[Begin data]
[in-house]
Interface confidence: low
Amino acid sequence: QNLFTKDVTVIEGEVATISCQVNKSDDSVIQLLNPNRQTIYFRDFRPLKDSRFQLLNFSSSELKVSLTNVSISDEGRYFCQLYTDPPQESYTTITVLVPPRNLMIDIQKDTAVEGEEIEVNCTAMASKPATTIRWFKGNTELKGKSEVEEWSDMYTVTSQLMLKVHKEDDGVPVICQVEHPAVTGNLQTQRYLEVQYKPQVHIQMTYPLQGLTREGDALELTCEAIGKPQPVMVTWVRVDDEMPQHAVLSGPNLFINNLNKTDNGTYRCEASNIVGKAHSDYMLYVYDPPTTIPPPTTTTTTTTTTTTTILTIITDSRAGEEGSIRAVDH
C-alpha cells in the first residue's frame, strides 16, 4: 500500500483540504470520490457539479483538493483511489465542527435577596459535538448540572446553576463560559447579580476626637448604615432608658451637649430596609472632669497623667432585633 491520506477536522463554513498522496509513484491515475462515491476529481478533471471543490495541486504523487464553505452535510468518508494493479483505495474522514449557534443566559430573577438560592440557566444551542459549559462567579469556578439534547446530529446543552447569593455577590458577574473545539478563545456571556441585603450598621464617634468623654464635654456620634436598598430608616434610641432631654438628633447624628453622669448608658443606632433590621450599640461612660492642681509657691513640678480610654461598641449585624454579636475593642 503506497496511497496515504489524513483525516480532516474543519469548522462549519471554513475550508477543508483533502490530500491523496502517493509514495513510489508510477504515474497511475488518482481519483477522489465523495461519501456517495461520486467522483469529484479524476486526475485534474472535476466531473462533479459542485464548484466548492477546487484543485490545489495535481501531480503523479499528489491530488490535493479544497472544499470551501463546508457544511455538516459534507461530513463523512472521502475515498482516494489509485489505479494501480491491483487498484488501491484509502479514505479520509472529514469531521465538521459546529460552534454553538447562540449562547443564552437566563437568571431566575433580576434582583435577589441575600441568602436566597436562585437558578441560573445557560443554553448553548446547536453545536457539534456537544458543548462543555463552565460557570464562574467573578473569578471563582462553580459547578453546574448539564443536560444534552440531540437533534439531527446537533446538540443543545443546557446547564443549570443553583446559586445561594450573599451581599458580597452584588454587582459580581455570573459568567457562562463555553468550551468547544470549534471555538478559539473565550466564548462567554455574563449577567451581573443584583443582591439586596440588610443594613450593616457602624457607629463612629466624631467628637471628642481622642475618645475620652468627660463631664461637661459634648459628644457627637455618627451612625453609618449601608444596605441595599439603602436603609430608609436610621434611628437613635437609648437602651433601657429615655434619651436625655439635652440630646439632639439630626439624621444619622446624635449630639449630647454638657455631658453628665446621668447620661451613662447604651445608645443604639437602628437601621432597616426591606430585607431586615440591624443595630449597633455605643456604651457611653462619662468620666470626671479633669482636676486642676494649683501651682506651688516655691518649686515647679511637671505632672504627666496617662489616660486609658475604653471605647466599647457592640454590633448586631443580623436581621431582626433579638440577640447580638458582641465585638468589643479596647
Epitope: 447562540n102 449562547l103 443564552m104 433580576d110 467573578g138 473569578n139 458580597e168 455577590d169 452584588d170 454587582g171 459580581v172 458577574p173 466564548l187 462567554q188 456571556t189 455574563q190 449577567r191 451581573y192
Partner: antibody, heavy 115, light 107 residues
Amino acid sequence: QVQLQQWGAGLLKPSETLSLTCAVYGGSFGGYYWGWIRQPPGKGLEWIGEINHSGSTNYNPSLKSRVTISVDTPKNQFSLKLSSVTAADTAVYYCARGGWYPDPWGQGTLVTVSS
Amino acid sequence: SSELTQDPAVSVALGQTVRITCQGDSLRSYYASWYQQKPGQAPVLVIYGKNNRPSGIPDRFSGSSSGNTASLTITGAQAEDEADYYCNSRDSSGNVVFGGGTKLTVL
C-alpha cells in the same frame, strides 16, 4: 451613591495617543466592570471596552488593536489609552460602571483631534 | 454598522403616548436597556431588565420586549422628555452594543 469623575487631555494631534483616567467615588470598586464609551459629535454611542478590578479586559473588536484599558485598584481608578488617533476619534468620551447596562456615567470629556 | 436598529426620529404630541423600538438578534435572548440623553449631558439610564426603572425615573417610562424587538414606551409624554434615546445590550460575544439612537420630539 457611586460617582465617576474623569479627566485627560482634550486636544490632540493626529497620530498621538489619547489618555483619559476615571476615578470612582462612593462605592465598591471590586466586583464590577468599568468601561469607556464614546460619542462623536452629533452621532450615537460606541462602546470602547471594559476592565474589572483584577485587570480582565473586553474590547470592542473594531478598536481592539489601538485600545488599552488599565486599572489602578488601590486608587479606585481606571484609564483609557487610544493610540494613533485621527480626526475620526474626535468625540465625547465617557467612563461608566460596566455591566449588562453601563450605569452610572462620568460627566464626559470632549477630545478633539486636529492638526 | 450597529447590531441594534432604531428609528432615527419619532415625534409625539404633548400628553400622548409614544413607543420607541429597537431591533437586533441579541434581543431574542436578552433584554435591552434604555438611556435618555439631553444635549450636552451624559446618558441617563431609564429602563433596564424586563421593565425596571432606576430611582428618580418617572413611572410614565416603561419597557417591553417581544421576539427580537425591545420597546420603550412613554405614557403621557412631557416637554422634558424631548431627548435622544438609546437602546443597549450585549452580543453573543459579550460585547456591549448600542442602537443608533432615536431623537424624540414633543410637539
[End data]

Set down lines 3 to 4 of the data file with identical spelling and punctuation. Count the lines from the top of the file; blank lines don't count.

Amino acid sequence: QNLFTKDVTVIEGEVATISCQVNKSDDSVIQLLNPNRQTIYFRDFRPLKDSRFQLLNFSSSELKVSLTNVSISDEGRYFCQLYTDPPQESYTTITVLVPPRNLMIDIQKDTAVEGEEIEVNCTAMASKPATTIRWFKGNTELKGKSEVEEWSDMYTVTSQLMLKVHKEDDGVPVICQVEHPAVTGNLQTQRYLEVQYKPQVHIQMTYPLQGLTREGDALELTCEAIGKPQPVMVTWVRVDDEMPQHAVLSGPNLFINNLNKTDNGTYRCEASNIVGKAHSDYMLYVYDPPTTIPPPTTTTTTTTTTTTTILTIITDSRAGEEGSIRAVDH
C-alpha cells in the first residue's frame, strides 16, 4: 500500500483540504470520490457539479483538493483511489465542527435577596459535538448540572446553576463560559447579580476626637448604615432608658451637649430596609472632669497623667432585633 491520506477536522463554513498522496509513484491515475462515491476529481478533471471543490495541486504523487464553505452535510468518508494493479483505495474522514449557534443566559430573577438560592440557566444551542459549559462567579469556578439534547446530529446543552447569593455577590458577574473545539478563545456571556441585603450598621464617634468623654464635654456620634436598598430608616434610641432631654438628633447624628453622669448608658443606632433590621450599640461612660492642681509657691513640678480610654461598641449585624454579636475593642 503506497496511497496515504489524513483525516480532516474543519469548522462549519471554513475550508477543508483533502490530500491523496502517493509514495513510489508510477504515474497511475488518482481519483477522489465523495461519501456517495461520486467522483469529484479524476486526475485534474472535476466531473462533479459542485464548484466548492477546487484543485490545489495535481501531480503523479499528489491530488490535493479544497472544499470551501463546508457544511455538516459534507461530513463523512472521502475515498482516494489509485489505479494501480491491483487498484488501491484509502479514505479520509472529514469531521465538521459546529460552534454553538447562540449562547443564552437566563437568571431566575433580576434582583435577589441575600441568602436566597436562585437558578441560573445557560443554553448553548446547536453545536457539534456537544458543548462543555463552565460557570464562574467573578473569578471563582462553580459547578453546574448539564443536560444534552440531540437533534439531527446537533446538540443543545443546557446547564443549570443553583446559586445561594450573599451581599458580597452584588454587582459580581455570573459568567457562562463555553468550551468547544470549534471555538478559539473565550466564548462567554455574563449577567451581573443584583443582591439586596440588610443594613450593616457602624457607629463612629466624631467628637471628642481622642475618645475620652468627660463631664461637661459634648459628644457627637455618627451612625453609618449601608444596605441595599439603602436603609430608609436610621434611628437613635437609648437602651433601657429615655434619651436625655439635652440630646439632639439630626439624621444619622446624635449630639449630647454638657455631658453628665446621668447620661451613662447604651445608645443604639437602628437601621432597616426591606430585607431586615440591624443595630449597633455605643456604651457611653462619662468620666470626671479633669482636676486642676494649683501651682506651688516655691518649686515647679511637671505632672504627666496617662489616660486609658475604653471605647466599647457592640454590633448586631443580623436581621431582626433579638440577640447580638458582641465585638468589643479596647